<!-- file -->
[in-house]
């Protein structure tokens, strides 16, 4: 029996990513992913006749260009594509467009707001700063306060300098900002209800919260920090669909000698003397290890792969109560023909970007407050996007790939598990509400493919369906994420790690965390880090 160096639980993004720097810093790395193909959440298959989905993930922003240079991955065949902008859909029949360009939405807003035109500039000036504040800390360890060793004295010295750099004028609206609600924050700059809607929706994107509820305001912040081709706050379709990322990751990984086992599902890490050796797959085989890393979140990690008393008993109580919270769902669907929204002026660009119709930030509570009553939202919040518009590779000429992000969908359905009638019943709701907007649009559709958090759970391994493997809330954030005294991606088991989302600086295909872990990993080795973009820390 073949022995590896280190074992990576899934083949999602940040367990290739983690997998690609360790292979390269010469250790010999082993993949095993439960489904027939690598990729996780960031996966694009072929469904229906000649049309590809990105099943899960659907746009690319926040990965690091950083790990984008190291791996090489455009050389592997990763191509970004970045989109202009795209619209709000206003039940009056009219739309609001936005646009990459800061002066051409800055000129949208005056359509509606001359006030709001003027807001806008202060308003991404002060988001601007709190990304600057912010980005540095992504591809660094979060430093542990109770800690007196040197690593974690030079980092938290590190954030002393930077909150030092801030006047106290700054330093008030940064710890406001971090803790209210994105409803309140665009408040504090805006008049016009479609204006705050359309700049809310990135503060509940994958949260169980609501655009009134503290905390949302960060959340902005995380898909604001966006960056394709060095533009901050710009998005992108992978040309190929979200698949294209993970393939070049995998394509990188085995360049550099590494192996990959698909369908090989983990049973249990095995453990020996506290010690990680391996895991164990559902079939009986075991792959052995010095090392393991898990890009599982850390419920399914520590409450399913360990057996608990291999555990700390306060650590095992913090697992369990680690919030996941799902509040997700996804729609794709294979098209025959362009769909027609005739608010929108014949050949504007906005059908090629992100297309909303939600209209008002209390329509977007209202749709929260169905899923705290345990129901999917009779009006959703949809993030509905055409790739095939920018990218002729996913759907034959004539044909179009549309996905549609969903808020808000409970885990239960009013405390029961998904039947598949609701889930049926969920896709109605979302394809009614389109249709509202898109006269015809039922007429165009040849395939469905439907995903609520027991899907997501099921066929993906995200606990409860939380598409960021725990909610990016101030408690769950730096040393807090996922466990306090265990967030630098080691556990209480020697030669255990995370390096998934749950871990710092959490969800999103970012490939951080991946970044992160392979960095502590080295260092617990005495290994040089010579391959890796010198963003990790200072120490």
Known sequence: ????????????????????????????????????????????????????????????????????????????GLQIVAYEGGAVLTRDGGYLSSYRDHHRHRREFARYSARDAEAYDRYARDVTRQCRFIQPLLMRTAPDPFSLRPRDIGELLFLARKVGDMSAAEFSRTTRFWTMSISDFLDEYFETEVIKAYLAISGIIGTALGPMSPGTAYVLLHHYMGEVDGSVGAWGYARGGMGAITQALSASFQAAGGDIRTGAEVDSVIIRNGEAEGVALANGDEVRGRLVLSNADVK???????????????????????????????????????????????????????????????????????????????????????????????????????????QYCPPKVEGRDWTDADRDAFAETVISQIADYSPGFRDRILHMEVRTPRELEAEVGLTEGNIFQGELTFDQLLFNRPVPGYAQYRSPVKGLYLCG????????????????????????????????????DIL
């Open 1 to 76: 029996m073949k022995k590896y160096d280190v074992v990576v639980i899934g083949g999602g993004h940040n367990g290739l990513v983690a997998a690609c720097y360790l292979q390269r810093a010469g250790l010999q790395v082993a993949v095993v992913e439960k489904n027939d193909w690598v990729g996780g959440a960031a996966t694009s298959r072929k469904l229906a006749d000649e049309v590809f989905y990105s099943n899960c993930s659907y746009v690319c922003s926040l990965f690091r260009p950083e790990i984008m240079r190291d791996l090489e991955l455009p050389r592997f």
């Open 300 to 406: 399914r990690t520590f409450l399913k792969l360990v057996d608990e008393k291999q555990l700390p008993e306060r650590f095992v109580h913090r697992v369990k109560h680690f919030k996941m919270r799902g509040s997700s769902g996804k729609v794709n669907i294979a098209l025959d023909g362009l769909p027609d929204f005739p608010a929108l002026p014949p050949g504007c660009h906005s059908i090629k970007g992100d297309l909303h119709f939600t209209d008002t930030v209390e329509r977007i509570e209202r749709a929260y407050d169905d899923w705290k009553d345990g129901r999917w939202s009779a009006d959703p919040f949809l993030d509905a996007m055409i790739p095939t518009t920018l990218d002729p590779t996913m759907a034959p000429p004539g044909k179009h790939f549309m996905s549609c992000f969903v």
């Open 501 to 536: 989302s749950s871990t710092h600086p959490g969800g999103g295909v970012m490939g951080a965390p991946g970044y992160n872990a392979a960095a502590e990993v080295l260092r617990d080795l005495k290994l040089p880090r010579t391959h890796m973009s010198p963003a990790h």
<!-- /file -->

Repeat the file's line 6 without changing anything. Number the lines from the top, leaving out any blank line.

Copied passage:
């Open 501 to 536: 989302s749950s871990t710092h600086p959490g969800g999103g295909v970012m490939g951080a965390p991946g970044y992160n872990a392979a960095a502590e990993v080295l260092r617990d080795l005495k290994l040089p880090r010579t391959h890796m973009s010198p963003a990790h």